This story, whose outcome was an important milestone for Total’s exploration at the time of discovery, can be seen as complementary to the Mahakam success story, described in the September 2011 Historical Highlights column.
The Mahakam story dealt with the rejuvenation of a mature hydrocarbon province, while this case study on Cusiana is about a frontier play.
Cusiana also is a fitting example of decision-making under high-risk conditions, miscellaneous difficulties and uncertainties inherent to frontier exploration.
Some of the messages derived from the case are still valid and applicable today.
♦ Message 1: Things do not always start in a grandiose way, and even “minor” actions can open the way to great opportunities.
Total had not been active in Colombia since the early 1970s. In 1986 an offer was made to acquire a local company’s minority interest in a joint venture operated by Exxon.
The main prospect was located in the Upper Magdalena Valley – a small, narrow but prolific basin developed between the Central and Eastern Andes in Colombia’s southern interior.
Drilling already had started when the deal was signed, and an oil discovery was made soon after at Yaguara (Los Mangos). This was not a huge field by international standards, but with some 60 million barrels was significant in the local context.
Although the contribution to the reserve base was modest, the success inspired optimism and impacted Total’s strategy in Colombia – and it triggered a wave of technical studies.
Business contacts soon materialized and a decisive farm-out opportunity arose.
♦ Message 2: Don’t hesitate to break away from an overwhelmingly discouraged common attitude. Just do your homework!
Triton, a small independent from Texas, had put together an offer to participate in a block named Santiago de la Atalayas, where they had recently shot a 2-D seismic program and defined a large anticline of significant closure (about 50 square kilometers) in the foothills of the Eastern Cordillera.
The farmout agreement would provide for the new partners to carry the cost of the first well in exchange for a stake in the block.
The play was not new – 17 wells had been drilled since the 1960s by different companies, some with big names, with no commercial success whatsoever. The lack of commercial success had caused frequent relinquishments and turnover of the different parties and operators.
Careful analysis of these wells showed that half of them had been abandoned for technical reasons linked to difficult drilling to depths close to 4,500 meters, and had not even reached the main target called the Mirador, a fluviatile sandstone of Eocene age.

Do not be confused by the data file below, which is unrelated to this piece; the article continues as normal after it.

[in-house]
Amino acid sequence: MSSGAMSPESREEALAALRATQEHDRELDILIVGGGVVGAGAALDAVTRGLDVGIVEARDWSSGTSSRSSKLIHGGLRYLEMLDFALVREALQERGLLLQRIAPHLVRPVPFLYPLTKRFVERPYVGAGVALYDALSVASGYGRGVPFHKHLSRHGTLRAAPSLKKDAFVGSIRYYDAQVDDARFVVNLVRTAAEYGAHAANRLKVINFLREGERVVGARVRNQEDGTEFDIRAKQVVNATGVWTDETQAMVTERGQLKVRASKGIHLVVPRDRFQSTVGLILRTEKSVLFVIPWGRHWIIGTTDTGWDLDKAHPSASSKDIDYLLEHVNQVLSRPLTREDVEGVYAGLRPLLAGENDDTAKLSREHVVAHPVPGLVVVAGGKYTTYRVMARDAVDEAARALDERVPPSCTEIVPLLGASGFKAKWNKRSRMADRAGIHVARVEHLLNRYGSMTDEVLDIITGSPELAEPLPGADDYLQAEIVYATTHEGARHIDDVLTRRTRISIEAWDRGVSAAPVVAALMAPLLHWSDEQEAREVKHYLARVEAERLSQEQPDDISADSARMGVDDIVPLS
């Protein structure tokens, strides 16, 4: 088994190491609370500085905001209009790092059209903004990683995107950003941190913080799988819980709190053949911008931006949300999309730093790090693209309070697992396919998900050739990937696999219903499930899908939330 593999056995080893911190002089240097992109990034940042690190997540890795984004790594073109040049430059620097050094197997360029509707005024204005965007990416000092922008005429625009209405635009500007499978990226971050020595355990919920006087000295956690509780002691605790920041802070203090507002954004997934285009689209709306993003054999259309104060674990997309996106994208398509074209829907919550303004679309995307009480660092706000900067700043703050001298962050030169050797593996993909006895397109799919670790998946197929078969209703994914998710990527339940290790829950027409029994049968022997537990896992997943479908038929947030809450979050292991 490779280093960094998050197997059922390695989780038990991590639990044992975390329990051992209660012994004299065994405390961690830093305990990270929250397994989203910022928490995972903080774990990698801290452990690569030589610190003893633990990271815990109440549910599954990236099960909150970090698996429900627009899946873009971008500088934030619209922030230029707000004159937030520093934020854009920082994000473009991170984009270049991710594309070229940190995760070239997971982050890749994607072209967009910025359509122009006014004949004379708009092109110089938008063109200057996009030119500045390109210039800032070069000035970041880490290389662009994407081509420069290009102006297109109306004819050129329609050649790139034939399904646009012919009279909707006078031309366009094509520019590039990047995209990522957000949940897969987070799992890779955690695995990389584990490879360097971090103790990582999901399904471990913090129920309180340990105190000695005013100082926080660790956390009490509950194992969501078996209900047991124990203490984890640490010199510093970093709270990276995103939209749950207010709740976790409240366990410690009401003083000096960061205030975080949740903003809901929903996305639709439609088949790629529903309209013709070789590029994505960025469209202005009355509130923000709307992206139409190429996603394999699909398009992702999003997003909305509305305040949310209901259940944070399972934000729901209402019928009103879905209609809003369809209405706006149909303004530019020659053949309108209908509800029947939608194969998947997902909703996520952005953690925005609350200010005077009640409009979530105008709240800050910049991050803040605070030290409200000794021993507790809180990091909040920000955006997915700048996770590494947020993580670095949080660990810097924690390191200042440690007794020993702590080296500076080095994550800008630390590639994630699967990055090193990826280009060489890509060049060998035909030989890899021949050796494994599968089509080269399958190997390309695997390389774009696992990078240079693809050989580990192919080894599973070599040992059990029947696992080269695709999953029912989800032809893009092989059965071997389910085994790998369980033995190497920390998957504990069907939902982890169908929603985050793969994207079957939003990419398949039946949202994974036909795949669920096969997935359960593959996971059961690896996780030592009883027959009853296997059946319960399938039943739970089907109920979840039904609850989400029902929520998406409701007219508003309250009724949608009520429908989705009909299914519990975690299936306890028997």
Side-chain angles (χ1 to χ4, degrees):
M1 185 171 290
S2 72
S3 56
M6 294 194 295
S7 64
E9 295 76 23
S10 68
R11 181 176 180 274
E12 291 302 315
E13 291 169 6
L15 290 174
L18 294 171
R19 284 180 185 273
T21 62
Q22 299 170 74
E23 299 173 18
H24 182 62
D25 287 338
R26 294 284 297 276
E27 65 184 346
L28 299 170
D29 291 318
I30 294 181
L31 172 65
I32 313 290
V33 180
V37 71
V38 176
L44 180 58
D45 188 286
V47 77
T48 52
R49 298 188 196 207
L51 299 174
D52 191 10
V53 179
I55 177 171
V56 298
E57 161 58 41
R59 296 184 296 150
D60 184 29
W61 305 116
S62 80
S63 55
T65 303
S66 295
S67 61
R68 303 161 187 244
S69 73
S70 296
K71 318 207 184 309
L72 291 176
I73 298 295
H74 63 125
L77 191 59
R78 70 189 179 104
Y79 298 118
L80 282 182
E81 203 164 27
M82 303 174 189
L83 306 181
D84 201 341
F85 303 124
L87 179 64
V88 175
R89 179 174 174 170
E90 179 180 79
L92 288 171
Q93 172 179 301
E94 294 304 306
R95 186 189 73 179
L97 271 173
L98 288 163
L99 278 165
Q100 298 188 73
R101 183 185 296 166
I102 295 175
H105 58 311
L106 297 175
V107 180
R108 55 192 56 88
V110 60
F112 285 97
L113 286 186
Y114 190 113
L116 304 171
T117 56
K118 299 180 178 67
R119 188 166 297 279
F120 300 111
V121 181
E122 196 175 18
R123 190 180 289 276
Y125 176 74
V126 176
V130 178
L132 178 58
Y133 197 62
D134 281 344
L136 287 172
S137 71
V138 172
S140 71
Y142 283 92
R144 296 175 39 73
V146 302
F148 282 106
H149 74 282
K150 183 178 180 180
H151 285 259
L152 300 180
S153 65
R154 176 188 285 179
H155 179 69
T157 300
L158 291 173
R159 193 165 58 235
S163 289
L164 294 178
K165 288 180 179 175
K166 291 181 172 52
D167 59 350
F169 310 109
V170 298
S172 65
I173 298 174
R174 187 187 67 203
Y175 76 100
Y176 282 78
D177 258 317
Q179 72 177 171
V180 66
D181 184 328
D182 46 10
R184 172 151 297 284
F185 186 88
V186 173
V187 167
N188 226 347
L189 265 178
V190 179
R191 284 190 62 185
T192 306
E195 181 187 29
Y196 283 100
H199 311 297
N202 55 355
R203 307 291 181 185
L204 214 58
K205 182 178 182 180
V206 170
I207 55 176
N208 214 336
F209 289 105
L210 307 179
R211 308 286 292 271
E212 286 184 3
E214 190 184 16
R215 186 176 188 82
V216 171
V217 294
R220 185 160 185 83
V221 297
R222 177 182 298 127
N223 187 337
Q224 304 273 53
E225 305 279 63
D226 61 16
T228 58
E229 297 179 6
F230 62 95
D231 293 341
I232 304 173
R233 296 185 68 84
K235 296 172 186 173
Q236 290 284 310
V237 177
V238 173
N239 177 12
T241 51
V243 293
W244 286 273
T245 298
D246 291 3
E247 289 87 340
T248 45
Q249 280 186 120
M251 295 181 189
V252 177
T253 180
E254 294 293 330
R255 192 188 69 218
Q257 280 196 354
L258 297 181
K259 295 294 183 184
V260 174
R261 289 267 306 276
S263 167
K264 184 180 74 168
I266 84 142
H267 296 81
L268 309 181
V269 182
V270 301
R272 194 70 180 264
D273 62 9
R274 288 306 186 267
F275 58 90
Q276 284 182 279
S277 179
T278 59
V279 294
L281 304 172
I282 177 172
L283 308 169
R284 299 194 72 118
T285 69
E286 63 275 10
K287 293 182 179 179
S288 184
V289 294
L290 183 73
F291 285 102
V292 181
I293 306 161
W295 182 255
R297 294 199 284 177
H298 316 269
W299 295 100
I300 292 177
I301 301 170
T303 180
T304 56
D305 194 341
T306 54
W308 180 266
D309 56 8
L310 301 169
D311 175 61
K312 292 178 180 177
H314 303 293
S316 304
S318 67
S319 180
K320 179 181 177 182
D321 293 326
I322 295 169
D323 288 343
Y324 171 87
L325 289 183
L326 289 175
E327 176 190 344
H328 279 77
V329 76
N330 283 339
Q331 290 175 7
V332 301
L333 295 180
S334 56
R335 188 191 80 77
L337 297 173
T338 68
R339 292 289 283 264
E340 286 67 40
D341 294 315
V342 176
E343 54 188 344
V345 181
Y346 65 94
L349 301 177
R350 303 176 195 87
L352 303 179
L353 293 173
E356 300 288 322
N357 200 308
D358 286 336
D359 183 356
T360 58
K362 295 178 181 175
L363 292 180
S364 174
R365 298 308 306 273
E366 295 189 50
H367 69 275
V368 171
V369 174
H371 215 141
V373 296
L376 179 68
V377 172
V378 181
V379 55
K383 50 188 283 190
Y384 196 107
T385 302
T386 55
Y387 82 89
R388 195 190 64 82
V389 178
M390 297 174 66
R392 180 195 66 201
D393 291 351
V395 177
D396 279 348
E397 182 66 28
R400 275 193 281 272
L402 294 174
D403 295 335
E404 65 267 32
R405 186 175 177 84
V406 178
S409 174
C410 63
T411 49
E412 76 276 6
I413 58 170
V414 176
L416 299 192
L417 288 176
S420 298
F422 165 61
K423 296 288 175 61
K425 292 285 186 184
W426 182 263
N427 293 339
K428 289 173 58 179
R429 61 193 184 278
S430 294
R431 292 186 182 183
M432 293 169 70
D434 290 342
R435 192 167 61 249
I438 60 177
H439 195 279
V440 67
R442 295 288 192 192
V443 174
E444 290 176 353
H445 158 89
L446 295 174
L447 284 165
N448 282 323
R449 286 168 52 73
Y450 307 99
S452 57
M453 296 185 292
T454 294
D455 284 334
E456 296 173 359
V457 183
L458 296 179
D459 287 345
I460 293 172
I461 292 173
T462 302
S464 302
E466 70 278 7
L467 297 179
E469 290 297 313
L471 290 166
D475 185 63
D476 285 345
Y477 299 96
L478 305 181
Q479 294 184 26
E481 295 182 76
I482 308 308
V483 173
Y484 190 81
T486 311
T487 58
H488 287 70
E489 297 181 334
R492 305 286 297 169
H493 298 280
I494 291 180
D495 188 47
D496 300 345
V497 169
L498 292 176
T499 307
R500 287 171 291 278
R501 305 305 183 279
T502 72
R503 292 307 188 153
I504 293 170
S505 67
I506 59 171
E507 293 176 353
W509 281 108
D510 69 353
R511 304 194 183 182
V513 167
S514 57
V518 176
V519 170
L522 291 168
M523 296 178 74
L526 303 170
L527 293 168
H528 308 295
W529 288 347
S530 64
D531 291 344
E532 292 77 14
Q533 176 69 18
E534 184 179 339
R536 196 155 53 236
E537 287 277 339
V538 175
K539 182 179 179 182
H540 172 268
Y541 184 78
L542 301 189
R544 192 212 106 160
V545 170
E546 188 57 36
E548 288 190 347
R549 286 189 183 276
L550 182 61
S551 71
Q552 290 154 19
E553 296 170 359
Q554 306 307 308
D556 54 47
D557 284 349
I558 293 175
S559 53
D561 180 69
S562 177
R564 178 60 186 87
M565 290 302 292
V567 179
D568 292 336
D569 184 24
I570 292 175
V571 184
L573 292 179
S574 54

Another observation was that all those wells had been drilled on poor seismic, almost unfit to generate any reliable mapping. In other words, the available data did not allow geologists and geophysicists to actually validate a prospect and test the play. However all the Mirador intersections had shown some sort of oil and gas shows.
Only one well flowed around 700 b/d (on the same structure as Cusiana!), obviously insufficient to warrant commerciality in Andean conditions.
The proposal was presented to the entire industry (more than 50 companies). However only two companies, BP and Total, were genuinely interested and convinced that the offer deserved serious in-depth consideration.
It is important to note that in case of discovery, Ecopetrol, Colombia’s national company, could exercise the right to take a 50 percent interest in the joint venture. Obviously, the petroleum community did not get excited, with good reason, about a risky and costly play seemingly tested on numerous locations.
Therefore it can be said at first glance that the glass could be half-empty (unsuccessful past programs) or half-full (abundant shows indicative of a working petroleum system?).
It is likely that many who looked at the opportunity had accepted the first scenario and did not go much deeper into the analysis.
♦ Message 3: Unforgiving risk analysis is needed in preparation for decision-making, particularly for high risk projects.
The charge of the petroleum system was the first to be analyzed. It was clear from the subsurface and surface data that the Gacheta Formation of Middle Cretaceous age, more or less equivalent to the famous La Luna Formation of the Maracaibo Basin, the main source rock responsible for its giant accumulations, was an ideal anchor for a thermogenic petroleum system.
My modest contribution in the debate was that I had worked extensively in western Venezuela in the past and during that rich experience had spent time in the field, sampling the rocks of the Quebrada La Luna, the very site of definition.
Marching the rios is the only way to do field work in such jungle-covered terrain, because outcrops are only present along the banks. Spending days in the water, soaked with heavy rains and with all kinds of “nice” animals for company, is an experience you will never forget – not to mention discovering the greatest organic-rich source rock you might dream of as a petroleum geologist.